Amtrak's safety culture was among the topics the rail carrier's new chief executive raised in comments to Congress Thursday.

It's no surprise. The National Transportation Safety Board described Amtrak's safety culture as woeful in its review of a 2016 train crash in Chester that killed two track workers.

So in his appearance before the congressional subcommittee responsible for railroads, Richard Anderson described the kind of safety culture he would like to create.

"A safety culture requires the reporting of safety issues at all levels," Anderson said. "It is intolerant of recklessness and the willful disregard for safety practices and learns from its mistakes."

While Anderson didn't mention the Chester crash directly, his comments are in some ways a direct reply to the NTSB's conclusions on that derailment. In it, they found more than 20 separate violations that contributed to the derailment. They noted a culture of fear permeated Amtrak, leaving workers unwilling to report errors due to worries about punishment. The NTSB found workers weren't given proper safety equipment – in this case devices that would have alerted dispatchers to the presence of personnel on an active track – and were negligent in following basic procedures.

New Amtrak CEO Richard Anderson
New Amtrak CEO Richard Anderson

On April 3, 2016, Train 89 to Savannah, Ga., hit a backhoe on the rails in Chester at about 100 mph. Two Amtrak workers on the tracks died and 39 passengers were hurt. Because of communications failures on the part of the night and the day foreman, protections that would have prevented a train from being routed onto a track undergoing maintenance were not in place. The train's engineer didn't know workers were in the area, and the workers had no idea a train was coming.

One of the foremen has been fired. The other is on leave.

In his comments Thursday, Anderson described plans for a safety management system that will identify problem areas before disasters occur, and maintains oversight to ensure solutions are working. Anderson described the "value of local knowledge," which suggests creating better channels for workers to voice concerns about safety issues. He also said the company would create centralized standards, training, and quality control for engineers and conductors, something which had been handled regionally.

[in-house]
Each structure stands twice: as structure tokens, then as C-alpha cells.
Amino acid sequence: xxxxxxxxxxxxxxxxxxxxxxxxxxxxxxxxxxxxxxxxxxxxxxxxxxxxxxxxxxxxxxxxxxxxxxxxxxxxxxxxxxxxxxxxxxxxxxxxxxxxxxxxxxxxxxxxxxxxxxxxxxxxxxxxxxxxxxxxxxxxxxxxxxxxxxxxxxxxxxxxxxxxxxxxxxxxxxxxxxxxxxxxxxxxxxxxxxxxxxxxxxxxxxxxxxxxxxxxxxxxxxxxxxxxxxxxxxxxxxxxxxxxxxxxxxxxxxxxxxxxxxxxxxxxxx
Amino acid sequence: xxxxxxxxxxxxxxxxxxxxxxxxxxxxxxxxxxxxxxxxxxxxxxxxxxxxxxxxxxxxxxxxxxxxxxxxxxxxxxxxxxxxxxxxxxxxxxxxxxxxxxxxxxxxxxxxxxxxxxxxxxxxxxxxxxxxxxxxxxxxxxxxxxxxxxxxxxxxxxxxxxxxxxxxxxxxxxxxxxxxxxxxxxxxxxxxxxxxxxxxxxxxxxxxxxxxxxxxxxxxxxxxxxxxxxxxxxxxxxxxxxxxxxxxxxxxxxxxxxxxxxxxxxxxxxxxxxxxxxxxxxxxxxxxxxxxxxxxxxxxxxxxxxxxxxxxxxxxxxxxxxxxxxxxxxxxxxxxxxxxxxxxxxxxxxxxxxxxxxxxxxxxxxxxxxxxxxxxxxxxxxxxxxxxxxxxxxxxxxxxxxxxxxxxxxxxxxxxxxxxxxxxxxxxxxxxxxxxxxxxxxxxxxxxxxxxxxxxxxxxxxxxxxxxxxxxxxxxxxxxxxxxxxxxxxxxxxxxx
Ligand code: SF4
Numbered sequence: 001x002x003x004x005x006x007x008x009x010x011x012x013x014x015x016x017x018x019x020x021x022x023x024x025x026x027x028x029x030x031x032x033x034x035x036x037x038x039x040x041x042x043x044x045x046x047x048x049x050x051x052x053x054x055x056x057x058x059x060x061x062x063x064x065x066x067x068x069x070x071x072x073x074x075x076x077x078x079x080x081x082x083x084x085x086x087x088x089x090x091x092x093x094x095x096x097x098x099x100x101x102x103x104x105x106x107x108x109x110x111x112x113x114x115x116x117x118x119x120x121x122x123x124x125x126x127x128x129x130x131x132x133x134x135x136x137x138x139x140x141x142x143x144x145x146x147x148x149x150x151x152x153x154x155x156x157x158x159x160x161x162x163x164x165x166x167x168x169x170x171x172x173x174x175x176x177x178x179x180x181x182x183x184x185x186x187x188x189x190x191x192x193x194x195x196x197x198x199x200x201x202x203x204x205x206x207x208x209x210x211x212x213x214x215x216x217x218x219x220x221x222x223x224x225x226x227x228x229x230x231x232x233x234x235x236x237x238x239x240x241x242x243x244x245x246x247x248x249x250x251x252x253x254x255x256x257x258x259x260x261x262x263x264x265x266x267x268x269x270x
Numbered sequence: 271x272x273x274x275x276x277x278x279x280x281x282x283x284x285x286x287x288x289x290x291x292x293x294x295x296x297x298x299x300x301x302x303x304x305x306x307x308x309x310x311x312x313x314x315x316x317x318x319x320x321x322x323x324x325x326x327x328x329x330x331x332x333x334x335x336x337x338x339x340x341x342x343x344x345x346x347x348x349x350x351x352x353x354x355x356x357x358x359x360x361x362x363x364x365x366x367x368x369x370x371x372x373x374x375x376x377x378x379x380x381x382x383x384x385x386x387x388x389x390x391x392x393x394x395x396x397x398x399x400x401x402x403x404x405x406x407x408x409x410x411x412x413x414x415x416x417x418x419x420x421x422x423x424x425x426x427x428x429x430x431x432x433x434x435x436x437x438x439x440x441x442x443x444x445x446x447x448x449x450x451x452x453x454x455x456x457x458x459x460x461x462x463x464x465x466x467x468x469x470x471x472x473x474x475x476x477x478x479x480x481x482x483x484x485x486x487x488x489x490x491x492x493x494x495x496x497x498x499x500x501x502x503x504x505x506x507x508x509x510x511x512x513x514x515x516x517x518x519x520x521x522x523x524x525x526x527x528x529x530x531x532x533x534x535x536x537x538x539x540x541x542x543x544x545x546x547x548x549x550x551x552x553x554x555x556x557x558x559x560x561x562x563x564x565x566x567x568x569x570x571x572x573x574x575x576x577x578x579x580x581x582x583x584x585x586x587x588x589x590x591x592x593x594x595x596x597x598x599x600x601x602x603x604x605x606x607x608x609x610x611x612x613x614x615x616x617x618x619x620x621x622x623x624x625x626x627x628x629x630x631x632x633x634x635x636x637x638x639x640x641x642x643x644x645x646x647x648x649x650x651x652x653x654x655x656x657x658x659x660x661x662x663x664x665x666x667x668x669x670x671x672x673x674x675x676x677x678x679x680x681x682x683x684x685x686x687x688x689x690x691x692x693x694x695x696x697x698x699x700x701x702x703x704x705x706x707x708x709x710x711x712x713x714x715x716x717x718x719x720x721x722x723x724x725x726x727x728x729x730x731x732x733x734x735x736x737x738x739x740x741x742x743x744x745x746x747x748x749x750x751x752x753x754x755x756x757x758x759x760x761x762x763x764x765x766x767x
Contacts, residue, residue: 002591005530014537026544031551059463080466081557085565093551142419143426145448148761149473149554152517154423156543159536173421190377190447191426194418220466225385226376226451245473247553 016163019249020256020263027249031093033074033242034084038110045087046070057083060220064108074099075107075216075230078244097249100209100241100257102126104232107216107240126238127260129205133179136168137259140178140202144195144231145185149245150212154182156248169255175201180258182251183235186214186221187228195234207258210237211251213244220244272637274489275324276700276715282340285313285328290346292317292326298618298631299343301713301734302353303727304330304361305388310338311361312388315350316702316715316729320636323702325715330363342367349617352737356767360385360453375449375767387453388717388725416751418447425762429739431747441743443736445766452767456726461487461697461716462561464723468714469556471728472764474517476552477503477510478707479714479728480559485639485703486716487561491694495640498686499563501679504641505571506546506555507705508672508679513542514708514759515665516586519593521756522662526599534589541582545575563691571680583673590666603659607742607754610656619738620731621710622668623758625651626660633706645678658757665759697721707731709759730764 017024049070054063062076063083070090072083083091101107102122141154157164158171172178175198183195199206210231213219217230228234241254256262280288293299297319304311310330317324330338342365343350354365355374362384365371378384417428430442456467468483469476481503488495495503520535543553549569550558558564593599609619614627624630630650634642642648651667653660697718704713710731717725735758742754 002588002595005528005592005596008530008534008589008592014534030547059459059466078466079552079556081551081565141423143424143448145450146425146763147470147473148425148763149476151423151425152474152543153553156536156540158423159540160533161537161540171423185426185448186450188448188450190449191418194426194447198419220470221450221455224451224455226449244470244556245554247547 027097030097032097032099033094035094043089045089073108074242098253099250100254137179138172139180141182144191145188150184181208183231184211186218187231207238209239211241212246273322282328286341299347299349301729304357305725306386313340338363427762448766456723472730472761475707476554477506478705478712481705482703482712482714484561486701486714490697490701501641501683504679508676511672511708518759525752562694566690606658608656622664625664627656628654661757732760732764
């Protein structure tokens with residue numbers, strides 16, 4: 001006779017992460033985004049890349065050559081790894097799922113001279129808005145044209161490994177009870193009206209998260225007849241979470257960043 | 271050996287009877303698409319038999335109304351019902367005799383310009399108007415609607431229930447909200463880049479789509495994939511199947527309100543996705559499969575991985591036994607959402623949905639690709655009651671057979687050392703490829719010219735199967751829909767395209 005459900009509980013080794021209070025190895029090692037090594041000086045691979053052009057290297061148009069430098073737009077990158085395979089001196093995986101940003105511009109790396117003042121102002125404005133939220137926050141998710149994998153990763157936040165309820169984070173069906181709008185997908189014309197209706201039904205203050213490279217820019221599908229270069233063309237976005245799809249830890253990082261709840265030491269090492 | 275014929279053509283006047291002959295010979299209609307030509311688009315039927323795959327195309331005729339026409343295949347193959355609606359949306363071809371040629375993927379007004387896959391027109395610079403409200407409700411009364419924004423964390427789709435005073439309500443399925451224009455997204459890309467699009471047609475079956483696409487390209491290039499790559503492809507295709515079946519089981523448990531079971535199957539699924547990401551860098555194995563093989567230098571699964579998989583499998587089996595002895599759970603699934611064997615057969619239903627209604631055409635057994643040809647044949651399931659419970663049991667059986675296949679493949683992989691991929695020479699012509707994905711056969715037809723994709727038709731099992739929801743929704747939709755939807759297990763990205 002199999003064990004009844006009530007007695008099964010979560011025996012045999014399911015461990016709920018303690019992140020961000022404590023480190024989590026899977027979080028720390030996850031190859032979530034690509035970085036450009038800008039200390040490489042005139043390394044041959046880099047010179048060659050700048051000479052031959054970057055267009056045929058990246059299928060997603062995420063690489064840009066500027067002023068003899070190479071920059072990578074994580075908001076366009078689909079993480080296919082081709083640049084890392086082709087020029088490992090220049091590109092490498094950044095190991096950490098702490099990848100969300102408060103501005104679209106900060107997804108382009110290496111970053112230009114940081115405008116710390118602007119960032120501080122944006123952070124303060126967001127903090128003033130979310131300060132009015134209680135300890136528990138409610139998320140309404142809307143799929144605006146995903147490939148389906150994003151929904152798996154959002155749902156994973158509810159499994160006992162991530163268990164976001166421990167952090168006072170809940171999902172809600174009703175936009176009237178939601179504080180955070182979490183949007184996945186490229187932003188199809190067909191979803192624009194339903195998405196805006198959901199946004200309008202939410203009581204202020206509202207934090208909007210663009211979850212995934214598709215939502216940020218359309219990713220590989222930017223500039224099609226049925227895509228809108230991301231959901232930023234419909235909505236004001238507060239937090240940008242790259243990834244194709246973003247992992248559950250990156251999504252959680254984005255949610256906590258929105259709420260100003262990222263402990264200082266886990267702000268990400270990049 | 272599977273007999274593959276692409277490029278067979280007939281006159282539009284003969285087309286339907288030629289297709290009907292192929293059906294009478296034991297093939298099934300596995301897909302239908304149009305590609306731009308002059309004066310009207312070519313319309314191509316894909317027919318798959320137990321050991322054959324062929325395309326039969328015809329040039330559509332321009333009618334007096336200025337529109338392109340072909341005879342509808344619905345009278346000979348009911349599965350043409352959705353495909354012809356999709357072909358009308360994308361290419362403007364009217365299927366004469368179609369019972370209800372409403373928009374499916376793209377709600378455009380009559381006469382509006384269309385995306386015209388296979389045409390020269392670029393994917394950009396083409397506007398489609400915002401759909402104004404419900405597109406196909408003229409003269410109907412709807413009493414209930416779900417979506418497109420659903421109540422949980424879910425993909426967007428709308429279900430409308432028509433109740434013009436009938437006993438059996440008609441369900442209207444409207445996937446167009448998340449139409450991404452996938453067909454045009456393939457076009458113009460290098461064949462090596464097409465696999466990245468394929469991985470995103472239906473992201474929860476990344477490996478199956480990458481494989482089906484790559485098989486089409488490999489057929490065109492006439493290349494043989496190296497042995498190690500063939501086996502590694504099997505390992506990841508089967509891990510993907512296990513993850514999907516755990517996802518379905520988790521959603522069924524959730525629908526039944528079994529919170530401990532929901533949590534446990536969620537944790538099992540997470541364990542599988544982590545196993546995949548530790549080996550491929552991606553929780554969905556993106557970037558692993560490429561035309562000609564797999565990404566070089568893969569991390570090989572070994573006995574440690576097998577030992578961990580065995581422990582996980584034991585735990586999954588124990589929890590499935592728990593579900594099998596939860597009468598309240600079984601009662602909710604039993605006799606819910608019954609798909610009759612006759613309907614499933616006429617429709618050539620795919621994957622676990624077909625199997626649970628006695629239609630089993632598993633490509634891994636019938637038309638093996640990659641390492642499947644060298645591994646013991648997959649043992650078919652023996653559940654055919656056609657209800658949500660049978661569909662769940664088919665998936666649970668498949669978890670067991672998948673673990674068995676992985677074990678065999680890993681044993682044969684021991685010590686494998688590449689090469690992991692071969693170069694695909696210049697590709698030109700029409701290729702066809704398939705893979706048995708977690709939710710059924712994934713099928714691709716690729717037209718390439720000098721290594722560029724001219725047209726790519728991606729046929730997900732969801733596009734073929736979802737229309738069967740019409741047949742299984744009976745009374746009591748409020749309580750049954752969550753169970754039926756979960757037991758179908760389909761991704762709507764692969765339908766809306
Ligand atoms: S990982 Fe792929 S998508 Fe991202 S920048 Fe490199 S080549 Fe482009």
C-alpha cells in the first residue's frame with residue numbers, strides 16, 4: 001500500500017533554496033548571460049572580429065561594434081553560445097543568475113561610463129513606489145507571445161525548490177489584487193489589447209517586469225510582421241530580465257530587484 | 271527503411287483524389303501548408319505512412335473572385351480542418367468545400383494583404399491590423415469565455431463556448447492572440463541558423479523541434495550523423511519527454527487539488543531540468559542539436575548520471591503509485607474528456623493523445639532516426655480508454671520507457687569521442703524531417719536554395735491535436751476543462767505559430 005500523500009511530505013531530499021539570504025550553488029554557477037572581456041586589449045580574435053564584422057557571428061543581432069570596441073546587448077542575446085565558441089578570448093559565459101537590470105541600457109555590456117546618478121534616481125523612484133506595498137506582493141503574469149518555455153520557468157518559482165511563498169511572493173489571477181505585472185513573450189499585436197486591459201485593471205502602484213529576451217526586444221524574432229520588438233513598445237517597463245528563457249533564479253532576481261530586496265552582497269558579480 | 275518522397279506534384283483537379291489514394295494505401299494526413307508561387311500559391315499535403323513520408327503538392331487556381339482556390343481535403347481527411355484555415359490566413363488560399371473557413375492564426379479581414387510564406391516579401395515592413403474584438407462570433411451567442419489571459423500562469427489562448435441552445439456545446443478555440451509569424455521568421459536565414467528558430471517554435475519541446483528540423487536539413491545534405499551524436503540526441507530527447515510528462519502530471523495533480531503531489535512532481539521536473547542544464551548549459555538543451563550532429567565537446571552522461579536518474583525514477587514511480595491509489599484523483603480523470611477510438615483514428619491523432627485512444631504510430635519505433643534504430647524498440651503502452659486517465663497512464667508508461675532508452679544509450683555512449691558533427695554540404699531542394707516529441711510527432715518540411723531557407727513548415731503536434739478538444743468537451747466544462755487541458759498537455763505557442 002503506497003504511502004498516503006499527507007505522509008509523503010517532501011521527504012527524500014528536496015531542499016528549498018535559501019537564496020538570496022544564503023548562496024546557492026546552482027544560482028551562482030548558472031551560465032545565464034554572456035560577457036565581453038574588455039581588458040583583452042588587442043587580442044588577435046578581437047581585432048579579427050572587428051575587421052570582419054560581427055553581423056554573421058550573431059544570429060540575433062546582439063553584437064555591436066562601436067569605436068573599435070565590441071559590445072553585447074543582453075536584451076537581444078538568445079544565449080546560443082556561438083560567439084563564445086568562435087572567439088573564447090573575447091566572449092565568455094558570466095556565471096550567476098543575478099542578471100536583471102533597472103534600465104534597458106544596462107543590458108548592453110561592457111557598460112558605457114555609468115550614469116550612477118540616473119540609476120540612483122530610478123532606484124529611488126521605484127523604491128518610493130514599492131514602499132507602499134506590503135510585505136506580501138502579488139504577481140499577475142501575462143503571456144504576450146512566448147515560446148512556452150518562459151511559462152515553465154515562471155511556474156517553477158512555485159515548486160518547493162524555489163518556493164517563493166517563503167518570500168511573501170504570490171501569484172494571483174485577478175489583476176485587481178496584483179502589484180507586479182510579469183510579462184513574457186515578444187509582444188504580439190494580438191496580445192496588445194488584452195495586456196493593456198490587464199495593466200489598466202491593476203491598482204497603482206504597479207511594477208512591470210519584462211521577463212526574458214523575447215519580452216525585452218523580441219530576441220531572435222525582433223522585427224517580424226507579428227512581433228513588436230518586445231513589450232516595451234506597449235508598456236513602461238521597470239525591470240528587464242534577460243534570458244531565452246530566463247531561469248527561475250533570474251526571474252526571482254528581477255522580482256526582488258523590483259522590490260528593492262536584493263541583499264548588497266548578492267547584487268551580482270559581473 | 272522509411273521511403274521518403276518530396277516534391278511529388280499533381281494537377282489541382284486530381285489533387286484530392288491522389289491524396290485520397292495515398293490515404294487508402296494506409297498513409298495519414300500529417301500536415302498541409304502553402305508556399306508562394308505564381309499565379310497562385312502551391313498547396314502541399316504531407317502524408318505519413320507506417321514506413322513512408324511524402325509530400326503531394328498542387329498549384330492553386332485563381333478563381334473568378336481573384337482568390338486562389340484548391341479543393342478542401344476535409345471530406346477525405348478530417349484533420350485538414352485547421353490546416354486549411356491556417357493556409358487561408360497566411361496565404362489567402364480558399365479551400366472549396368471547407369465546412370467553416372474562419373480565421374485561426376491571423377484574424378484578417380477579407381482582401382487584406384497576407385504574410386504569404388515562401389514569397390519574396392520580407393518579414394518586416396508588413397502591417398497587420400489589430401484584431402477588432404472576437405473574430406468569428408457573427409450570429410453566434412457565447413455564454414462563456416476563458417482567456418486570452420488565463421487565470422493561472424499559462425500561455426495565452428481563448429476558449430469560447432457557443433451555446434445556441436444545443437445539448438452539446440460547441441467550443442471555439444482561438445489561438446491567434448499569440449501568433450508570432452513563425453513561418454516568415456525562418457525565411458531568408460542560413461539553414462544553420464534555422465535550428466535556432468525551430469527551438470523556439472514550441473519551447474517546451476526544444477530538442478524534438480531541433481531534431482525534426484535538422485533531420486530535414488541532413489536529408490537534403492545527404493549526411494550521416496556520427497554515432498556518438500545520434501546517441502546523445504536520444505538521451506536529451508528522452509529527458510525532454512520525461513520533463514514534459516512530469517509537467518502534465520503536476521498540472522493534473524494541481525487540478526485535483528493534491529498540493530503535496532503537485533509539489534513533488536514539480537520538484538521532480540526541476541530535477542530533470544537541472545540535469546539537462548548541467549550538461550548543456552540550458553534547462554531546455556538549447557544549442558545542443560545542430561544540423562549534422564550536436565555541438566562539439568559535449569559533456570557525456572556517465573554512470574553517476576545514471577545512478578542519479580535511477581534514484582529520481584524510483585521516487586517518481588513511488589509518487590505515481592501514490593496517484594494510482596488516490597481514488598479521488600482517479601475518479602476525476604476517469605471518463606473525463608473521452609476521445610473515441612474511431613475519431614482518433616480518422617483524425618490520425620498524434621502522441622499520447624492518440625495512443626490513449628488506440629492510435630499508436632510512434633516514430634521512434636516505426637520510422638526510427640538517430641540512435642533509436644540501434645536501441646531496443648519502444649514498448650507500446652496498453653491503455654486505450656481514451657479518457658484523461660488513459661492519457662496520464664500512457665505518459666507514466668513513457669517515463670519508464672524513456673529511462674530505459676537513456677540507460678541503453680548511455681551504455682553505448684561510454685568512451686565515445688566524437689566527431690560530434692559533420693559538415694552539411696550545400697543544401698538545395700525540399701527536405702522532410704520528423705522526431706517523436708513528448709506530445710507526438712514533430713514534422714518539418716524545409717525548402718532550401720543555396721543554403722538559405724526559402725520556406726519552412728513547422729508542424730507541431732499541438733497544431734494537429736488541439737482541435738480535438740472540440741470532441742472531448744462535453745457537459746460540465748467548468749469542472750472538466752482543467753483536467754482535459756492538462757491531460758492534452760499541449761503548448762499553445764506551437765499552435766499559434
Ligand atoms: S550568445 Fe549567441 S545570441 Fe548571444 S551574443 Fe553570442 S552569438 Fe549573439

"Our aim is a more robust, consistent, and unified approach to these issues," Anderson said.

The NTSB criticized Amtrak and labor unions for making safety protocols a subject of union negotiation. Amtrak has since said safety procedures are now mandatory and not subject to labor negotiation.

The rail company named a new Vice President and Chief Safety Officer, Ken Hylander, to manage Amtrak's safety program. It also is working to create more accountability for workers by installing inward facing cameras in all its locomotives. Such cameras are already in place on the Northeast Corridor.

One of the major issues that has come up about Amtrak service is the lack of an emergency braking system called Positive Train Control (PTC). That system would have prevented Philadelphia's fatal derailment in 2015, and it appears it would have also prevented a derailment in December 2017 near Tacoma, Wash. Anderson suggested he might cease Amtrak operations on tracks that do not have PTC in place, or well on the way to operation, by the end of the year. About 72 percent of the rail carrier's national network operates on rails not owned by Amtrak. He also noted one percent of Amtrak's routes, tracks in Maine, Indiana, New York, and Quebec, are on tracks that are not required by a federal mandate to have PTC installed. He said he was looking at options to make those routes safer, including abandoning them.

Anderson made no mention, though, of one of the NTSB's recommendations: that the company install locator devices on maintenance equipment so the PTC system in place on the Northeast Corridor can recognize when a vehicle is on the track. Such locator technology exists, and if it had been on the backhoe struck in Chester it might have prevented that derailment.

Amtrak has only said it would continue to evaluate that technology.

Anderson became Amtrak's chief executive at the end of 2017 after serving as executive chairman of Delta Air Lines' board of directors. Rail experts have said the airline industry is marked by an impressive safety record, and have hopes he can bring that culture to passenger rail. Amtrak carries more than 30 million Amtrak passengers a year on 300 daily trains. The CEO is selected by the company's 10 board of directors, nine of whom are appointed by the president.